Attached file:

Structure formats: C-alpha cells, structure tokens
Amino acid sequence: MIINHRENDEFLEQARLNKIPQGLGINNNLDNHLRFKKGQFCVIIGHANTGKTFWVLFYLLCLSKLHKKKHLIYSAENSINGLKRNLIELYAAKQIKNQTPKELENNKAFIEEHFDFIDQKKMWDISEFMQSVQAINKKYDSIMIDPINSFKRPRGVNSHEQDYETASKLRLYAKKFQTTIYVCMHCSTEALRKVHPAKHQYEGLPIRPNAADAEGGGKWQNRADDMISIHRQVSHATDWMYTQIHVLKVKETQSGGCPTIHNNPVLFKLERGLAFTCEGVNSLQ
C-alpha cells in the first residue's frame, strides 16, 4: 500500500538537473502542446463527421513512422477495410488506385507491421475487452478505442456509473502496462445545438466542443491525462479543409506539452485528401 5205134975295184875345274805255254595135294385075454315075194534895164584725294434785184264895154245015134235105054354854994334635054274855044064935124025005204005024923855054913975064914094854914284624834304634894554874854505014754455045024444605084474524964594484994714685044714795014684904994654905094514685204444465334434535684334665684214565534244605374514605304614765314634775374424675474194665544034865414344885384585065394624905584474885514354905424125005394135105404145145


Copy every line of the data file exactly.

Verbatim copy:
Structure formats: C-alpha cells, structure tokens
Amino acid sequence: MIINHRENDEFLEQARLNKIPQGLGINNNLDNHLRFKKGQFCVIIGHANTGKTFWVLFYLLCLSKLHKKKHLIYSAENSINGLKRNLIELYAAKQIKNQTPKELENNKAFIEEHFDFIDQKKMWDISEFMQSVQAINKKYDSIMIDPINSFKRPRGVNSHEQDYETASKLRLYAKKFQTTIYVCMHCSTEALRKVHPAKHQYEGLPIRPNAADAEGGGKWQNRADDMISIHRQVSHATDWMYTQIHVLKVKETQSGGCPTIHNNPVLFKLERGLAFTCEGVNSLQ
C-alpha cells in the first residue's frame, strides 16, 4: 500500500538537473502542446463527421513512422477495410488506385507491421475487452478505442456509473502496462445545438466542443491525462479543409506539452485528401 5205134975295184875345274805255254595135294385075454315075194534895164584725294434785184264895154245015134235105054354854994334635054274855044064935124025005204005024923855054913975064914094854914284624834304634894554874854505014754455045024444605084474524964594484994714685044714795014684904994654905094514685204444465334434535684334665684214565534244605374514605304614765314634775374424675474194665544034865414344885384585065394624905584474885514354905424125005394135105404145145